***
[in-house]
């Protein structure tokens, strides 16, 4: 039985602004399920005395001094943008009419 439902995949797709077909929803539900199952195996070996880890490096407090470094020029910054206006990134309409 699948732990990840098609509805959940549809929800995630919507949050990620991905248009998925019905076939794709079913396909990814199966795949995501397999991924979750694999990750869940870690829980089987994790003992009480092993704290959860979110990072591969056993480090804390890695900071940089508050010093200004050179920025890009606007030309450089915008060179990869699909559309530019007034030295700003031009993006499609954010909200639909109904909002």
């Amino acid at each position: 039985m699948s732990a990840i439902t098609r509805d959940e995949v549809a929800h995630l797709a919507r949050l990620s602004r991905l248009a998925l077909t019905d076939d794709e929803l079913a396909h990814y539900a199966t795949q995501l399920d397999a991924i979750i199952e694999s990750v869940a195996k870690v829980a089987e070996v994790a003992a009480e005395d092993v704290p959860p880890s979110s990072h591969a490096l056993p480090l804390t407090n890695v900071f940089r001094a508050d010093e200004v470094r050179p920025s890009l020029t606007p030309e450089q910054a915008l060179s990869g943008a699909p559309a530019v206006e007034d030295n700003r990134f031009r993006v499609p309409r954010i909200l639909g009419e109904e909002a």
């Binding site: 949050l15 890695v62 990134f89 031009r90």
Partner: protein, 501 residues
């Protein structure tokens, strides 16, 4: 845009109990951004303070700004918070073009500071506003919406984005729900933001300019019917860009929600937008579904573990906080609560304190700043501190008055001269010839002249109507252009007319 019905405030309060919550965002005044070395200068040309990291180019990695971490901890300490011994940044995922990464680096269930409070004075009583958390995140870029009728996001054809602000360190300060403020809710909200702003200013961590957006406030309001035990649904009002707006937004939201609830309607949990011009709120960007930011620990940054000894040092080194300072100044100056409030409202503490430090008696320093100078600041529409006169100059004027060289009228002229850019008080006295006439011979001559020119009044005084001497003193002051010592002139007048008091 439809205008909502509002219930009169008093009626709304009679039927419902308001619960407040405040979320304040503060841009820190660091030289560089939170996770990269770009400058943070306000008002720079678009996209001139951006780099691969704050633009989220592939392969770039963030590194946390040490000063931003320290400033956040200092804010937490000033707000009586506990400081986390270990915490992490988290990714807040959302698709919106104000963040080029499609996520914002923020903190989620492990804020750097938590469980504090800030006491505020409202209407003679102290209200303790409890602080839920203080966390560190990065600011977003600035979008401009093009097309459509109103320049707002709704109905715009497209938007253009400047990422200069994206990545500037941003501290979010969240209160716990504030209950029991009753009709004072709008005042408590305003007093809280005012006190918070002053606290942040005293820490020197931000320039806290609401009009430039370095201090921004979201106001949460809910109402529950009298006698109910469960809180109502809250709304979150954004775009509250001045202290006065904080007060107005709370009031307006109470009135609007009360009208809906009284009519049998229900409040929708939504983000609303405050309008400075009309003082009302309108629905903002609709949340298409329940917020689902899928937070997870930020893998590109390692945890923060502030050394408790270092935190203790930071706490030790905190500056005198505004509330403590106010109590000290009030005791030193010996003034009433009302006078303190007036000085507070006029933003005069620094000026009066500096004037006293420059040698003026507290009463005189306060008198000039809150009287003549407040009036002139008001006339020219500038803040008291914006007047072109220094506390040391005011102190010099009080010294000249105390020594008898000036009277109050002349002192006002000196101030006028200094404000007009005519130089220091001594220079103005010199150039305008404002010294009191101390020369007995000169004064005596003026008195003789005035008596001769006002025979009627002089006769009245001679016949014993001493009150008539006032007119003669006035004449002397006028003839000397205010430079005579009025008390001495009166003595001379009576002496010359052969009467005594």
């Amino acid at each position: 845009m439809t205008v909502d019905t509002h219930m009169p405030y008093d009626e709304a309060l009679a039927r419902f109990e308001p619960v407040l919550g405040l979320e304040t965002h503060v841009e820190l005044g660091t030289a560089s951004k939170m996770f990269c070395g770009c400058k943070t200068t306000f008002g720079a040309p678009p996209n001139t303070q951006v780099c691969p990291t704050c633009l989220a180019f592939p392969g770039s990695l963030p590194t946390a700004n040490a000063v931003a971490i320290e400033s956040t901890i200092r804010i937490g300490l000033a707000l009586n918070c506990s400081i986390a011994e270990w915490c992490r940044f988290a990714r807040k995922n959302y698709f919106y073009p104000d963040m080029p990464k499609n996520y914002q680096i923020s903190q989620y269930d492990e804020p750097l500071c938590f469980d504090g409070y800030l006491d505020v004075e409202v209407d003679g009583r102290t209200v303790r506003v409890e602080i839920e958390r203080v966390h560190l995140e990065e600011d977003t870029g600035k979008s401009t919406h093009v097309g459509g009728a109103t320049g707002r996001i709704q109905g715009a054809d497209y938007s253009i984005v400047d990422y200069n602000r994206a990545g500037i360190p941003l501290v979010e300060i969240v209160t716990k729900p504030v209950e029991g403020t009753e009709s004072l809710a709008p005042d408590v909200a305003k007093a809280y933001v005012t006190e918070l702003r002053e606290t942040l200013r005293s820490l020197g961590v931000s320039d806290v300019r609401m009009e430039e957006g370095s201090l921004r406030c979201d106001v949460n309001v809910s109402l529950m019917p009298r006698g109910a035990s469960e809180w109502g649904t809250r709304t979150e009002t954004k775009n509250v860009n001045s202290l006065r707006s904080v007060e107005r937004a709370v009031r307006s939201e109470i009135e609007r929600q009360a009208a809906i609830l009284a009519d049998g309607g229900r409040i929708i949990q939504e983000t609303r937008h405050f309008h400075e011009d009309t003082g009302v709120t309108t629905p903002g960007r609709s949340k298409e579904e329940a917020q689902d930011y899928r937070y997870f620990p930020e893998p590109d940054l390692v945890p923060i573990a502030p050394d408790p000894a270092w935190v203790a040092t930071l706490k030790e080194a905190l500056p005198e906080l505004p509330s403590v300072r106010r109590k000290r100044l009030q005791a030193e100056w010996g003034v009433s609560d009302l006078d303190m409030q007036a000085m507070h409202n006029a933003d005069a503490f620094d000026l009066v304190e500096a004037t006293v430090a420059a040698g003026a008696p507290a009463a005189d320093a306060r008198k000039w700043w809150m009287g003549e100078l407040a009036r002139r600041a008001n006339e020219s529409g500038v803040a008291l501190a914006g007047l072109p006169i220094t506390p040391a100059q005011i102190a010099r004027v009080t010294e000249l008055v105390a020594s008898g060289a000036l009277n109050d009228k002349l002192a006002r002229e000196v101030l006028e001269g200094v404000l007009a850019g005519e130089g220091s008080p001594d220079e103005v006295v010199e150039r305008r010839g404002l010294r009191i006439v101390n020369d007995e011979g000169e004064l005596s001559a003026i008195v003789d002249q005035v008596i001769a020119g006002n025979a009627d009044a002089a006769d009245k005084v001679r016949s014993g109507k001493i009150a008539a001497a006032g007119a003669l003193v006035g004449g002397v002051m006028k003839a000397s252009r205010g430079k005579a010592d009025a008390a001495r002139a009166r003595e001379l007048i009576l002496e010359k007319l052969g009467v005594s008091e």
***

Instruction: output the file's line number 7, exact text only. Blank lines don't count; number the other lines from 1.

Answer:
């Amino acid at each position: 845009m439809t205008v909502d019905t509002h219930m009169p405030y008093d009626e709304a309060l009679a039927r419902f109990e308001p619960v407040l919550g405040l979320e304040t965002h503060v841009e820190l005044g660091t030289a560089s951004k939170m996770f990269c070395g770009c400058k943070t200068t306000f008002g720079a040309p678009p996209n001139t303070q951006v780099c691969p990291t704050c633009l989220a180019f592939p392969g770039s990695l963030p590194t946390a700004n040490a000063v931003a971490i320290e400033s956040t901890i200092r804010i937490g300490l000033a707000l009586n918070c506990s400081i986390a011994e270990w915490c992490r940044f988290a990714r807040k995922n959302y698709f919106y073009p104000d963040m080029p990464k499609n996520y914002q680096i923020s903190q989620y269930d492990e804020p750097l500071c938590f469980d504090g409070y800030l006491d505020v004075e409202v209407d003679g009583r102290t209200v303790r506003v409890e602080i839920e958390r203080v966390h560190l995140e990065e600011d977003t870029g600035k979008s401009t919406h093009v097309g459509g009728a109103t320049g707002r996001i709704q109905g715009a054809d497209y938007s253009i984005v400047d990422y200069n602000r994206a990545g500037i360190p941003l501290v979010e300060i969240v209160t716990k729900p504030v209950e029991g403020t009753e009709s004072l809710a709008p005042d408590v909200a305003k007093a809280y933001v005012t006190e918070l702003r002053e606290t942040l200013r005293s820490l020197g961590v931000s320039d806290v300019r609401m009009e430039e957006g370095s201090l921004r406030c979201d106001v949460n309001v809910s109402l529950m019917p009298r006698g109910a035990s469960e809180w109502g649904t809250r709304t979150e009002t954004k775009n509250v860009n001045s202290l006065r707006s904080v007060e107005r937004a709370v009031r307006s939201e109470i009135e609007r929600q009360a009208a809906i609830l009284a009519d049998g309607g229900r409040i929708i949990q939504e983000t609303r937008h405050f309008h400075e011009d009309t003082g009302v709120t309108t629905p903002g960007r609709s949340k298409e579904e329940a917020q689902d930011y899928r937070y997870f620990p930020e893998p590109d940054l390692v945890p923060i573990a502030p050394d408790p000894a270092w935190v203790a040092t930071l706490k030790e080194a905190l500056p005198e906080l505004p509330s403590v300072r106010r109590k000290r100044l009030q005791a030193e100056w010996g003034v009433s609560d009302l006078d303190m409030q007036a000085m507070h409202n006029a933003d005069a503490f620094d000026l009066v304190e500096a004037t006293v430090a420059a040698g003026a008696p507290a009463a005189d320093a306060r008198k000039w700043w809150m009287g003549e100078l407040a009036r002139r600041a008001n006339e020219s529409g500038v803040a008291l501190a914006g007047l072109p006169i220094t506390p040391a100059q005011i102190a010099r004027v009080t010294e000249l008055v105390a020594s008898g060289a000036l009277n109050d009228k002349l002192a006002r002229e000196v101030l006028e001269g200094v404000l007009a850019g005519e130089g220091s008080p001594d220079e103005v006295v010199e150039r305008r010839g404002l010294r009191i006439v101390n020369d007995e011979g000169e004064l005596s001559a003026i008195v003789d002249q005035v008596i001769a020119g006002n025979a009627d009044a002089a006769d009245k005084v001679r016949s014993g109507k001493i009150a008539a001497a006032g007119a003669l003193v006035g004449g002397v002051m006028k003839a000397s252009r205010g430079k005579a010592d009025a008390a001495r002139a009166r003595e001379l007048i009576l002496e010359k007319l052969g009467v005594s008091e």